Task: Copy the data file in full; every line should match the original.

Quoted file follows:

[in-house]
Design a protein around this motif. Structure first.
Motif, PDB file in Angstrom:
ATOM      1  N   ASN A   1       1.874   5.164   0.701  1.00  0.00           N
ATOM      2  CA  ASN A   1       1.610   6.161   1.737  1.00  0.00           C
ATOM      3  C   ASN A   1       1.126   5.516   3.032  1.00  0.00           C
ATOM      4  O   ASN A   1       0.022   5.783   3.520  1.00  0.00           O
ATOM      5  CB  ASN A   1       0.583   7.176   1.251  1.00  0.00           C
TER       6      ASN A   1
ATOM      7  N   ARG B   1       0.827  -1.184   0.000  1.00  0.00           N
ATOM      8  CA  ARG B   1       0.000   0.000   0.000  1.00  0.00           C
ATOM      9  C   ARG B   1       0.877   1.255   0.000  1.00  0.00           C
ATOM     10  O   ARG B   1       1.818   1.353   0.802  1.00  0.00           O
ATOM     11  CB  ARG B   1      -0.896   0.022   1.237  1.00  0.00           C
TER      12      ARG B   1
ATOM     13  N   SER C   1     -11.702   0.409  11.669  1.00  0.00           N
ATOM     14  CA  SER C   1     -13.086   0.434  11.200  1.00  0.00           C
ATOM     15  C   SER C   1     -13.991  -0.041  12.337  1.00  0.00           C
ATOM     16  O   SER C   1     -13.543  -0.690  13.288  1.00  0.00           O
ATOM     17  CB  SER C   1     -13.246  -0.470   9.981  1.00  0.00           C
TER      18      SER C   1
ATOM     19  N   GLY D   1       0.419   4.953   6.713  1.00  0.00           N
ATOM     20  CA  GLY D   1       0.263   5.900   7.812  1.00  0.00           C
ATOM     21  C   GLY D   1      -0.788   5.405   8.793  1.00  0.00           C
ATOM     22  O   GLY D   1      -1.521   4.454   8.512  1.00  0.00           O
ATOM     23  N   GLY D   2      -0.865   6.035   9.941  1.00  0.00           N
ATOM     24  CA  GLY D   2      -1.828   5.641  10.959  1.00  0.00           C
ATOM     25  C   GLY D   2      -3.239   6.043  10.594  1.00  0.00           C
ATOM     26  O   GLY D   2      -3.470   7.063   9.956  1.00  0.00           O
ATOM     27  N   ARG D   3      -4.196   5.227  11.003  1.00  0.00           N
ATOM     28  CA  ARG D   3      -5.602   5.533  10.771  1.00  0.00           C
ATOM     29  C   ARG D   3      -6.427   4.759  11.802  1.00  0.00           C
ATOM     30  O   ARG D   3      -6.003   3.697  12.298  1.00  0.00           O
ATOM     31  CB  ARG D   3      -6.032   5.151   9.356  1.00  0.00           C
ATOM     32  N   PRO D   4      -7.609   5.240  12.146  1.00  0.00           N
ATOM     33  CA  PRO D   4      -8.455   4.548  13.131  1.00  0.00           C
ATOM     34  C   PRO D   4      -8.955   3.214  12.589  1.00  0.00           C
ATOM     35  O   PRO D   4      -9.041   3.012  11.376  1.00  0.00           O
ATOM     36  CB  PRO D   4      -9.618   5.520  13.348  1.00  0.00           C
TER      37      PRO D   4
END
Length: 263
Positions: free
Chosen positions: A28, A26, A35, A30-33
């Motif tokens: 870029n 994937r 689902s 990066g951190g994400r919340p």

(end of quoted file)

[in-house]
Design a protein around this motif. Structure first.
Motif, PDB file in Angstrom:
ATOM      1  N   ASN A   1       1.874   5.164   0.701  1.00  0.00           N
ATOM      2  CA  ASN A   1       1.610   6.161   1.737  1.00  0.00           C
ATOM      3  C   ASN A   1       1.126   5.516   3.032  1.00  0.00           C
ATOM      4  O   ASN A   1       0.022   5.783   3.520  1.00  0.00           O
ATOM      5  CB  ASN A   1       0.583   7.176   1.251  1.00  0.00           C
TER       6      ASN A   1
ATOM      7  N   ARG B   1       0.827  -1.184   0.000  1.00  0.00           N
ATOM      8  CA  ARG B   1       0.000   0.000   0.000  1.00  0.00           C
ATOM      9  C   ARG B   1       0.877   1.255   0.000  1.00  0.00           C
ATOM     10  O   ARG B   1       1.818   1.353   0.802  1.00  0.00           O
ATOM     11  CB  ARG B   1      -0.896   0.022   1.237  1.00  0.00           C
TER      12      ARG B   1
ATOM     13  N   SER C   1     -11.702   0.409  11.669  1.00  0.00           N
ATOM     14  CA  SER C   1     -13.086   0.434  11.200  1.00  0.00           C
ATOM     15  C   SER C   1     -13.991  -0.041  12.337  1.00  0.00           C
ATOM     16  O   SER C   1     -13.543  -0.690  13.288  1.00  0.00           O
ATOM     17  CB  SER C   1     -13.246  -0.470   9.981  1.00  0.00           C
TER      18      SER C   1
ATOM     19  N   GLY D   1       0.419   4.953   6.713  1.00  0.00           N
ATOM     20  CA  GLY D   1       0.263   5.900   7.812  1.00  0.00           C
ATOM     21  C   GLY D   1      -0.788   5.405   8.793  1.00  0.00           C
ATOM     22  O   GLY D   1      -1.521   4.454   8.512  1.00  0.00           O
ATOM     23  N   GLY D   2      -0.865   6.035   9.941  1.00  0.00           N
ATOM     24  CA  GLY D   2      -1.828   5.641  10.959  1.00  0.00           C
ATOM     25  C   GLY D   2      -3.239   6.043  10.594  1.00  0.00           C
ATOM     26  O   GLY D   2      -3.470   7.063   9.956  1.00  0.00           O
ATOM     27  N   ARG D   3      -4.196   5.227  11.003  1.00  0.00           N
ATOM     28  CA  ARG D   3      -5.602   5.533  10.771  1.00  0.00           C
ATOM     29  C   ARG D   3      -6.427   4.759  11.802  1.00  0.00           C
ATOM     30  O   ARG D   3      -6.003   3.697  12.298  1.00  0.00           O
ATOM     31  CB  ARG D   3      -6.032   5.151   9.356  1.00  0.00           C
ATOM     32  N   PRO D   4      -7.609   5.240  12.146  1.00  0.00           N
ATOM     33  CA  PRO D   4      -8.455   4.548  13.131  1.00  0.00           C
ATOM     34  C   PRO D   4      -8.955   3.214  12.589  1.00  0.00           C
ATOM     35  O   PRO D   4      -9.041   3.012  11.376  1.00  0.00           O
ATOM     36  CB  PRO D   4      -9.618   5.520  13.348  1.00  0.00           C
TER      37      PRO D   4
END
Length: 263
Positions: free
Chosen positions: A28, A26, A35, A30-33
């Motif tokens: 870029n 994937r 689902s 990066g951190g994400r919340p």